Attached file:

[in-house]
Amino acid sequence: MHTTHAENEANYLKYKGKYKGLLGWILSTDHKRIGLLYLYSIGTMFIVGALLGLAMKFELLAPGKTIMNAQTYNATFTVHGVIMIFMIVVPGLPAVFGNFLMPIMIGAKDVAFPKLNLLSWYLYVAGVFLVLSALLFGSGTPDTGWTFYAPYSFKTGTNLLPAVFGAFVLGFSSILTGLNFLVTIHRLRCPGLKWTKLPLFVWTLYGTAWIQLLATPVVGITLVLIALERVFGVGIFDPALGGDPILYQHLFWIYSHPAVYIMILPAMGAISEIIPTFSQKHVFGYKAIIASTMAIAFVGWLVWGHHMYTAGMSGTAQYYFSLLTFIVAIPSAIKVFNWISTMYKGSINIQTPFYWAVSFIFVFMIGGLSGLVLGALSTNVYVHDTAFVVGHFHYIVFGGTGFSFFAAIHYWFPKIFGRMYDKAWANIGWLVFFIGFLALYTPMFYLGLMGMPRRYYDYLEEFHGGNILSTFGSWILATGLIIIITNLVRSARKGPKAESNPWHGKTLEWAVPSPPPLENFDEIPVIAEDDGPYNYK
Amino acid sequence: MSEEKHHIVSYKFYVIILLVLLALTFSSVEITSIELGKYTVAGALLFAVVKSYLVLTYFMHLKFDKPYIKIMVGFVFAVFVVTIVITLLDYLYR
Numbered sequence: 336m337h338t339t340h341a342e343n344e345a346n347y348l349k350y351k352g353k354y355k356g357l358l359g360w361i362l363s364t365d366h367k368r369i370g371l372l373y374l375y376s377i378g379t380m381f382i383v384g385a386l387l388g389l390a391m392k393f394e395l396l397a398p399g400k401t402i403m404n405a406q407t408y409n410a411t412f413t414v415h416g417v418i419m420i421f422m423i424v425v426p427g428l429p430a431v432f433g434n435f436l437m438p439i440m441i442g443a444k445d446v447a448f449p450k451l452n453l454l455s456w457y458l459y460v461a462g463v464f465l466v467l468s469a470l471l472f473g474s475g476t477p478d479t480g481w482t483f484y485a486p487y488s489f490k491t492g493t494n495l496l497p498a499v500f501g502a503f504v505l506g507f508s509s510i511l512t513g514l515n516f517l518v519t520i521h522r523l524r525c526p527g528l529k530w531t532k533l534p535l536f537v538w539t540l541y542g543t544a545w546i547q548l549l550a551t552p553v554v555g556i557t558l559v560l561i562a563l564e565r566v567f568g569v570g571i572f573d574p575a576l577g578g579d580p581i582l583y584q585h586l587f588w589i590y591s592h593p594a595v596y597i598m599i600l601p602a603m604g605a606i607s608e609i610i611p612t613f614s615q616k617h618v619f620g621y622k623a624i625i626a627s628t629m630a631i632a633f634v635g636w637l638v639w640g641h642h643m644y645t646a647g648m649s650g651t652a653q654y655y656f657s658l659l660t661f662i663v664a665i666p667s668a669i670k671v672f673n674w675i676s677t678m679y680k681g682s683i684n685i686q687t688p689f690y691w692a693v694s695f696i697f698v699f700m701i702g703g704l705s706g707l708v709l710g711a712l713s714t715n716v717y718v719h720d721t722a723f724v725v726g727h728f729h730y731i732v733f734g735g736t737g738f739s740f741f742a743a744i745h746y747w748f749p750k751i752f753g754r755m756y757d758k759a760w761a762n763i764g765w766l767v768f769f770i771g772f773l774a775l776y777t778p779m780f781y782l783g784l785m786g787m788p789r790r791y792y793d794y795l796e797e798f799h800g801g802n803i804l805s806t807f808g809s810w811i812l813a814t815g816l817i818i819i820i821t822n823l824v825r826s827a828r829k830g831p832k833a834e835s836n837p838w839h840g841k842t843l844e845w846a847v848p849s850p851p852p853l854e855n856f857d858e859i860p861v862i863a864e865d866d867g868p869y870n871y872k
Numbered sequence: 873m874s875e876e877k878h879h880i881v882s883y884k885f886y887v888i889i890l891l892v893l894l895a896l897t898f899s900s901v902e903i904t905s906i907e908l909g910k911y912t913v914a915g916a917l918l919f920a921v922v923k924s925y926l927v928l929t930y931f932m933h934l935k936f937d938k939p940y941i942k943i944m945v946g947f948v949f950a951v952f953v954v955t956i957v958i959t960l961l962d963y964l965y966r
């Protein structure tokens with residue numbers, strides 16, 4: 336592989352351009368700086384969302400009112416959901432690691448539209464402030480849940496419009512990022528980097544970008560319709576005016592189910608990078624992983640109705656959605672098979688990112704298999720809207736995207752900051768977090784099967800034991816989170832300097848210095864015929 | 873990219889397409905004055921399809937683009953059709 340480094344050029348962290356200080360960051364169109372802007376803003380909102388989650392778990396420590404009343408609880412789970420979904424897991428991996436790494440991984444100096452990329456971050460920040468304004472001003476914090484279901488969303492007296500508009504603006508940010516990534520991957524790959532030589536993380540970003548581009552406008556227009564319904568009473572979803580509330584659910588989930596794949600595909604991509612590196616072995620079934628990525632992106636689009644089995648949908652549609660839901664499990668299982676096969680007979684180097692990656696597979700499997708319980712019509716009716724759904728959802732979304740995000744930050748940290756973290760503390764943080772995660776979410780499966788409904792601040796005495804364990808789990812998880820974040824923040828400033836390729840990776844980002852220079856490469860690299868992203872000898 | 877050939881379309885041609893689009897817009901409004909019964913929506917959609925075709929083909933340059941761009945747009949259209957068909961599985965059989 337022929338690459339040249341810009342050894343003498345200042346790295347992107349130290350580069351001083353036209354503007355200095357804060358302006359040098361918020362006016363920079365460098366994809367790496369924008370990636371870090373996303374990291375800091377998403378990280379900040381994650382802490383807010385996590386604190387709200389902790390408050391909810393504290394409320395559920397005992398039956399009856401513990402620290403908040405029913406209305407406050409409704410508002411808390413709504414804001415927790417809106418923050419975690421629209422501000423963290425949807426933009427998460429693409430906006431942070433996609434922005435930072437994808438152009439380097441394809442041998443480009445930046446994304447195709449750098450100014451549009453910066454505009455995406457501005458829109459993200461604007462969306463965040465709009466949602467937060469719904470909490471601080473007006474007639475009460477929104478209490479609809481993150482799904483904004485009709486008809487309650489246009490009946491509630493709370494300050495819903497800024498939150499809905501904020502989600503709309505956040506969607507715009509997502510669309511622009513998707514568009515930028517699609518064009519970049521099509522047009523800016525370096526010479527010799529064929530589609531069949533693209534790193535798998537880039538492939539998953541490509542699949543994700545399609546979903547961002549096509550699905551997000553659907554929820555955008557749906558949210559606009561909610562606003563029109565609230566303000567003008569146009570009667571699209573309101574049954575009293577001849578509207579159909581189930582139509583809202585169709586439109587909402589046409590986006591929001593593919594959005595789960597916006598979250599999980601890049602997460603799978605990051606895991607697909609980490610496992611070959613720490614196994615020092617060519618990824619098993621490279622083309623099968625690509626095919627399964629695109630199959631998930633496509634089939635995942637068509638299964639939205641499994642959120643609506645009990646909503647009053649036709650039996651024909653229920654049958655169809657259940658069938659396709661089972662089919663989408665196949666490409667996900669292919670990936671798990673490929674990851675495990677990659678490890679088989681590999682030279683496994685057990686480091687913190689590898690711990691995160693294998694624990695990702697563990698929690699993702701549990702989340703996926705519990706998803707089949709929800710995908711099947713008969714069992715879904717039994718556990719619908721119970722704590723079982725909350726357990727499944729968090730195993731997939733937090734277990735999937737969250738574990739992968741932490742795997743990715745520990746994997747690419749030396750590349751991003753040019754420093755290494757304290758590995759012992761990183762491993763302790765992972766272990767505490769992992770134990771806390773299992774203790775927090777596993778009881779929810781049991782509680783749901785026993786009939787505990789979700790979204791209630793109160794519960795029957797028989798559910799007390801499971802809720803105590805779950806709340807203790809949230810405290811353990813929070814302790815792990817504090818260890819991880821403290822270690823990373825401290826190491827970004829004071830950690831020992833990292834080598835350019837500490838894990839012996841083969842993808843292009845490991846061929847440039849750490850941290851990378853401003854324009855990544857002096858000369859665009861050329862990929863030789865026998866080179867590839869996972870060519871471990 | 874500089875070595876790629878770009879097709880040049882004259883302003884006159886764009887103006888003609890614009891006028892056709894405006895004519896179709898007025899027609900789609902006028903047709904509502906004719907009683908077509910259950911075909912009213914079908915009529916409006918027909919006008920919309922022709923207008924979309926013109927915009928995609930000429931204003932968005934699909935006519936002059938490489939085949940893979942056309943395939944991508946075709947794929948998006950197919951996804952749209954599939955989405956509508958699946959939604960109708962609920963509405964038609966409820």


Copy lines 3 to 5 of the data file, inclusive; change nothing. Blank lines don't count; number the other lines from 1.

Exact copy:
Amino acid sequence: MSEEKHHIVSYKFYVIILLVLLALTFSSVEITSIELGKYTVAGALLFAVVKSYLVLTYFMHLKFDKPYIKIMVGFVFAVFVVTIVITLLDYLYR
Numbered sequence: 336m337h338t339t340h341a342e343n344e345a346n347y348l349k350y351k352g353k354y355k356g357l358l359g360w361i362l363s364t365d366h367k368r369i370g371l372l373y374l375y376s377i378g379t380m381f382i383v384g385a386l387l388g389l390a391m392k393f394e395l396l397a398p399g400k401t402i403m404n405a406q407t408y409n410a411t412f413t414v415h416g417v418i419m420i421f422m423i424v425v426p427g428l429p430a431v432f433g434n435f436l437m438p439i440m441i442g443a444k445d446v447a448f449p450k451l452n453l454l455s456w457y458l459y460v461a462g463v464f465l466v467l468s469a470l471l472f473g474s475g476t477p478d479t480g481w482t483f484y485a486p487y488s489f490k491t492g493t494n495l496l497p498a499v500f501g502a503f504v505l506g507f508s509s510i511l512t513g514l515n516f517l518v519t520i521h522r523l524r525c526p527g528l529k530w531t532k533l534p535l536f537v538w539t540l541y542g543t544a545w546i547q548l549l550a551t552p553v554v555g556i557t558l559v560l561i562a563l564e565r566v567f568g569v570g571i572f573d574p575a576l577g578g579d580p581i582l583y584q585h586l587f588w589i590y591s592h593p594a595v596y597i598m599i600l601p602a603m604g605a606i607s608e609i610i611p612t613f614s615q616k617h618v619f620g621y622k623a624i625i626a627s628t629m630a631i632a633f634v635g636w637l638v639w640g641h642h643m644y645t646a647g648m649s650g651t652a653q654y655y656f657s658l659l660t661f662i663v664a665i666p667s668a669i670k671v672f673n674w675i676s677t678m679y680k681g682s683i684n685i686q687t688p689f690y691w692a693v694s695f696i697f698v699f700m701i702g703g704l705s706g707l708v709l710g711a712l713s714t715n716v717y718v719h720d721t722a723f724v725v726g727h728f729h730y731i732v733f734g735g736t737g738f739s740f741f742a743a744i745h746y747w748f749p750k751i752f753g754r755m756y757d758k759a760w761a762n763i764g765w766l767v768f769f770i771g772f773l774a775l776y777t778p779m780f781y782l783g784l785m786g787m788p789r790r791y792y793d794y795l796e797e798f799h800g801g802n803i804l805s806t807f808g809s810w811i812l813a814t815g816l817i818i819i820i821t822n823l824v825r826s827a828r829k830g831p832k833a834e835s836n837p838w839h840g841k842t843l844e845w846a847v848p849s850p851p852p853l854e855n856f857d858e859i860p861v862i863a864e865d866d867g868p869y870n871y872k
Numbered sequence: 873m874s875e876e877k878h879h880i881v882s883y884k885f886y887v888i889i890l891l892v893l894l895a896l897t898f899s900s901v902e903i904t905s906i907e908l909g910k911y912t913v914a915g916a917l918l919f920a921v922v923k924s925y926l927v928l929t930y931f932m933h934l935k936f937d938k939p940y941i942k943i944m945v946g947f948v949f950a951v952f953v954v955t956i957v958i959t960l961l962d963y964l965y966r